Your first step is to decide how large you want your coop to be and whether or not you want to be able to stand up inside of it to make cleaning the coop as easy as possible. While some owners decide to break apart the pallets and use the individual pieces of wood to construct the coop, if you are in a hurry, I have found that you can easily use the whole pallet as the sides of the coop. This cuts down on a lot of the prep work that you would otherwise have to complete to get the pallets ready for construction.

Coop from pallets Step 2

After you have decided how large your new chicken coop will be, where it will be located, and if you want to use entire pallets for the walls, then you can start building your new coop. It’s easy to attach either the whole pallets or the pieces of wood from them to your new floor and build your walls. I have found that it’s a good idea to use 2 x 4s to frame the inside of the coop if you want to add extra stability to the entire building. This will ensure that your construction will stand up to bad weather, and is especially important if you live in an area that is prone to high winds.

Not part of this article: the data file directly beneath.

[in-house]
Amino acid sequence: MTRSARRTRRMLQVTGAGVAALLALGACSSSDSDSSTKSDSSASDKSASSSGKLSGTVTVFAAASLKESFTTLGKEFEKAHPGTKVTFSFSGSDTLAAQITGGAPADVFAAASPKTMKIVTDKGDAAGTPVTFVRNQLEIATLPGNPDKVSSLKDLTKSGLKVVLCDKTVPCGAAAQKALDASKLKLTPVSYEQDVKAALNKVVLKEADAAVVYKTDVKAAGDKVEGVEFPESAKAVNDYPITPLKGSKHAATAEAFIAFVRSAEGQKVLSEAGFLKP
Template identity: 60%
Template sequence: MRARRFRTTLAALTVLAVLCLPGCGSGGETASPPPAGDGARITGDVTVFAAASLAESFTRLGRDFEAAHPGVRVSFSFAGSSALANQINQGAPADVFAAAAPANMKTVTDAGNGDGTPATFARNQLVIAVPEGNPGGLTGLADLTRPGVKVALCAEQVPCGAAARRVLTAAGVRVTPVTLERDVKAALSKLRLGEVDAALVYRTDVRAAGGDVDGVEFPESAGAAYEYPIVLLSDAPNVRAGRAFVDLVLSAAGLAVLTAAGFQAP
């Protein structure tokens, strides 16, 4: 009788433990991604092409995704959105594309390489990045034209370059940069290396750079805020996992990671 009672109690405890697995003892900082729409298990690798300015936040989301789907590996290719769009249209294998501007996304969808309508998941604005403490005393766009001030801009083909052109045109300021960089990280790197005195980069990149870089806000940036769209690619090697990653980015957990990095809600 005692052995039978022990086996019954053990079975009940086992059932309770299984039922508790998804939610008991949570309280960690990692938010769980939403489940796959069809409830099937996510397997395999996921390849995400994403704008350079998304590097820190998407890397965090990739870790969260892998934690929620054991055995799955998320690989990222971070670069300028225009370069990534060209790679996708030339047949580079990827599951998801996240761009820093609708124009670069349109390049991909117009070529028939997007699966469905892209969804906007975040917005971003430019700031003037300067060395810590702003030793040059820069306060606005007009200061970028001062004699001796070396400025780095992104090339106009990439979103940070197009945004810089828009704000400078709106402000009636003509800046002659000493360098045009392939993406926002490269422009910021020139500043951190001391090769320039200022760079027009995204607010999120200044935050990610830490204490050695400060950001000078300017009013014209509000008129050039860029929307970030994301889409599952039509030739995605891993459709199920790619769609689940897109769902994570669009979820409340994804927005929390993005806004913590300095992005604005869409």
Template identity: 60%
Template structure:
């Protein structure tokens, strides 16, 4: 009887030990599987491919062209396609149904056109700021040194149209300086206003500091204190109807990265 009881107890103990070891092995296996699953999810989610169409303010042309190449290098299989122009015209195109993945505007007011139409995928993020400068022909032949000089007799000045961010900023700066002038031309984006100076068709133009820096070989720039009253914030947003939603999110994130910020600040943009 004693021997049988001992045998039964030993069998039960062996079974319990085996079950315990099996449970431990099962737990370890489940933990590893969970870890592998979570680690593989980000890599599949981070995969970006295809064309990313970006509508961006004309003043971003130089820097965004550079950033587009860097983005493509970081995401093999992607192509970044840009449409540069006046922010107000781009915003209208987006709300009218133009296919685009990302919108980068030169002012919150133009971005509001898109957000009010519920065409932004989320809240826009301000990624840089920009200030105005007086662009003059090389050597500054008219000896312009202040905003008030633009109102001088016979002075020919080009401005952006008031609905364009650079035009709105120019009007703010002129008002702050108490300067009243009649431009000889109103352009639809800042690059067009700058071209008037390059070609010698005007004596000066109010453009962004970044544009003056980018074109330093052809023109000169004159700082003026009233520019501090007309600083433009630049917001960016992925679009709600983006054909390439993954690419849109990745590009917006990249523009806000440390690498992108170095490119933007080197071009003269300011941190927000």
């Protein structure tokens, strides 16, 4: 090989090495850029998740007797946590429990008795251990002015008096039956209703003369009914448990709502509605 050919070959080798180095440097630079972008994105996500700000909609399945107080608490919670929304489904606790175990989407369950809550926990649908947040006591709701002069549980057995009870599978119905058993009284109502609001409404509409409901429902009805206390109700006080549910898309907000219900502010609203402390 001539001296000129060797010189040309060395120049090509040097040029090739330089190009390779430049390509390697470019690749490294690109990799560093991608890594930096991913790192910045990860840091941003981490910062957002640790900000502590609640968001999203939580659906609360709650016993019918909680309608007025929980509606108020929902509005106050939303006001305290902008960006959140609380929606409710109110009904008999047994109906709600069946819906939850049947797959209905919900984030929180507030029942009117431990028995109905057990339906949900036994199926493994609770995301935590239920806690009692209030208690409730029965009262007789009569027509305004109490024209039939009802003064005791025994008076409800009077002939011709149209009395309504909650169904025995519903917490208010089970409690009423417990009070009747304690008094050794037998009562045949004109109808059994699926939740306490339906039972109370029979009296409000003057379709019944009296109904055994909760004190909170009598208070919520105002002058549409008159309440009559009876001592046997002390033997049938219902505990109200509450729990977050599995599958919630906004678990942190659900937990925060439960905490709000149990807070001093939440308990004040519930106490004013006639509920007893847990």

Coop from pallets Step 3

Make sure that you frame outdoors and windows so that you and your chickens have easy access to their new coop. Depending on how you constructed the sides, you will need to cover the walls with plywood to keep your chickens safe and to protect the insulation you use from wet weather. After that, it is easy enough to finish the roof.

Coop from pallets Step 4

The roof can be a little tricky for some people to make, but I have found that one of the easiest ways to put a roof on your new chicken coop is by using a piece of corrugated metal. Others prefer to use shingles and make the coop match the home, but if this is beyond your skill set, then there is no need to worry. Your chickens don’t care what the roof of their new home looks like as long as it will help to keep them warm, dry, and safe.

Learn How to Complete a Chicken Coop Conversion from a Home Depot Shed

You may be one of the few lucky people who have an old Home Depot shed in your backyard, a desire to have chickens, and the willingness to put in some work. If you are, then I have found that you can easily convert your old shed into a coop that will keep your chickens safe and provide them with a dry home. I think that this is a great way to use your old shed and reduce a lot of the work that goes into traditionally building a new chicken coop.